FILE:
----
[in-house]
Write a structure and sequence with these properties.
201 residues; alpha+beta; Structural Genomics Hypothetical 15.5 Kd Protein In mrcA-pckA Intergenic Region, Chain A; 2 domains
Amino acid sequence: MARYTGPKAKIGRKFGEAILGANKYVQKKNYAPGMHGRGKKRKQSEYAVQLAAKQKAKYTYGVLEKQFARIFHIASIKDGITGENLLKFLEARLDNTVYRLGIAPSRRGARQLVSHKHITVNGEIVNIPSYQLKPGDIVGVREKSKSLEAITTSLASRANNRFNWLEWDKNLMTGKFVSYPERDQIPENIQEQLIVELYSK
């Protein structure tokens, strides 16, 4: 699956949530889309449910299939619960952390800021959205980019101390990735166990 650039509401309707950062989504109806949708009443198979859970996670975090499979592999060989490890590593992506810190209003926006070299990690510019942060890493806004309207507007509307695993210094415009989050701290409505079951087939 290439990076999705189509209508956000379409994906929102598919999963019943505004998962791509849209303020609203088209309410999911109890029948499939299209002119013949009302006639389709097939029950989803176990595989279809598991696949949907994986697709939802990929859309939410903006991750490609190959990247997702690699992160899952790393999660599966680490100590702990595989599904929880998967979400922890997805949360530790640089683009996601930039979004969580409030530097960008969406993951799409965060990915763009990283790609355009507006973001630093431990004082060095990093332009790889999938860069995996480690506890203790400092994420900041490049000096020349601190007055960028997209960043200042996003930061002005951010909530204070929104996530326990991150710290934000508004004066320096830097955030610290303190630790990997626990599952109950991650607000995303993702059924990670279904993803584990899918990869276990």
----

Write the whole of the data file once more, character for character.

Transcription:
[in-house]
Write a structure and sequence with these properties.
201 residues; alpha+beta; Structural Genomics Hypothetical 15.5 Kd Protein In mrcA-pckA Intergenic Region, Chain A; 2 domains
Amino acid sequence: MARYTGPKAKIGRKFGEAILGANKYVQKKNYAPGMHGRGKKRKQSEYAVQLAAKQKAKYTYGVLEKQFARIFHIASIKDGITGENLLKFLEARLDNTVYRLGIAPSRRGARQLVSHKHITVNGEIVNIPSYQLKPGDIVGVREKSKSLEAITTSLASRANNRFNWLEWDKNLMTGKFVSYPERDQIPENIQEQLIVELYSK
């Protein structure tokens, strides 16, 4: 699956949530889309449910299939619960952390800021959205980019101390990735166990 650039509401309707950062989504109806949708009443198979859970996670975090499979592999060989490890590593992506810190209003926006070299990690510019942060890493806004309207507007509307695993210094415009989050701290409505079951087939 290439990076999705189509209508956000379409994906929102598919999963019943505004998962791509849209303020609203088209309410999911109890029948499939299209002119013949009302006639389709097939029950989803176990595989279809598991696949949907994986697709939802990929859309939410903006991750490609190959990247997702690699992160899952790393999660599966680490100590702990595989599904929880998967979400922890997805949360530790640089683009996601930039979004969580409030530097960008969406993951799409965060990915763009990283790609355009507006973001630093431990004082060095990093332009790889999938860069995996480690506890203790400092994420900041490049000096020349601190007055960028997209960043200042996003930061002005951010909530204070929104996530326990991150710290934000508004004066320096830097955030610290303190630790990997626990599952109950991650607000995303993702059924990670279904993803584990899918990869276990």